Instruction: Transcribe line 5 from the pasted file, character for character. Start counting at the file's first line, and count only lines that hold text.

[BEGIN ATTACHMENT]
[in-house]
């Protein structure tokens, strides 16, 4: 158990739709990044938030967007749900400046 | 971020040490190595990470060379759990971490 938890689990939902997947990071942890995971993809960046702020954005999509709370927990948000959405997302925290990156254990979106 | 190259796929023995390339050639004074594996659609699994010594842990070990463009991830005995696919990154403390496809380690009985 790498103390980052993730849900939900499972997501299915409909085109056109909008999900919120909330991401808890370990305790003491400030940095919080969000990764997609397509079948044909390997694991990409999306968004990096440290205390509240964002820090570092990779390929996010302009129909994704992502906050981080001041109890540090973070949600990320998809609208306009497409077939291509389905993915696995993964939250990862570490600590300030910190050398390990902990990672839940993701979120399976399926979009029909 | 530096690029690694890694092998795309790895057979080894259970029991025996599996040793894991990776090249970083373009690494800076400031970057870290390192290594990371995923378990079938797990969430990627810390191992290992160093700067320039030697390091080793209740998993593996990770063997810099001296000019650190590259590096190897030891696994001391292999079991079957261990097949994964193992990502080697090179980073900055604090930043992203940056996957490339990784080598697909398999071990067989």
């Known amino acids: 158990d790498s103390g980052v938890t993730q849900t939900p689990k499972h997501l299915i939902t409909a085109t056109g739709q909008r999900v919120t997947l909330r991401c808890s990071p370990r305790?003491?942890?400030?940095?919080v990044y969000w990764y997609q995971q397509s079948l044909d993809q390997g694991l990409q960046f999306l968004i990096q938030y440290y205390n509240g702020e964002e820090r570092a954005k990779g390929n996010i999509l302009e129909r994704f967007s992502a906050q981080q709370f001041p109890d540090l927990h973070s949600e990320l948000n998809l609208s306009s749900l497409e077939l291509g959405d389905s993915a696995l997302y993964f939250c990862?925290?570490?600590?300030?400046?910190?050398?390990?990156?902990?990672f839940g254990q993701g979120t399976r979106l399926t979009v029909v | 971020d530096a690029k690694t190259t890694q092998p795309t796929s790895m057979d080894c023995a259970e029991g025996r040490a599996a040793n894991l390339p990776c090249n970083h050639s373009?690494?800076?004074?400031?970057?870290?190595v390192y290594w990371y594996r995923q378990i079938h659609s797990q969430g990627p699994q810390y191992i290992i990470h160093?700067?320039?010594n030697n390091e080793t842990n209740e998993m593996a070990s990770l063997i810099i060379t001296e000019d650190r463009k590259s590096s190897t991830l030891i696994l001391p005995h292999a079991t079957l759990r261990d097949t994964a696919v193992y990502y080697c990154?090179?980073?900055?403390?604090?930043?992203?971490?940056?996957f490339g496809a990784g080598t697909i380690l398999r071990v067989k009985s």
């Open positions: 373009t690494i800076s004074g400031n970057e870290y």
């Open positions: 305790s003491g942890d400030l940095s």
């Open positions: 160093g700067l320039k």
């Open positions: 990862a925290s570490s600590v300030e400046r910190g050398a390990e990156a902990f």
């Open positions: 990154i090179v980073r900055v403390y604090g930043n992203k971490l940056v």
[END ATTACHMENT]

């Open positions: 305790s003491g942890d400030l940095s």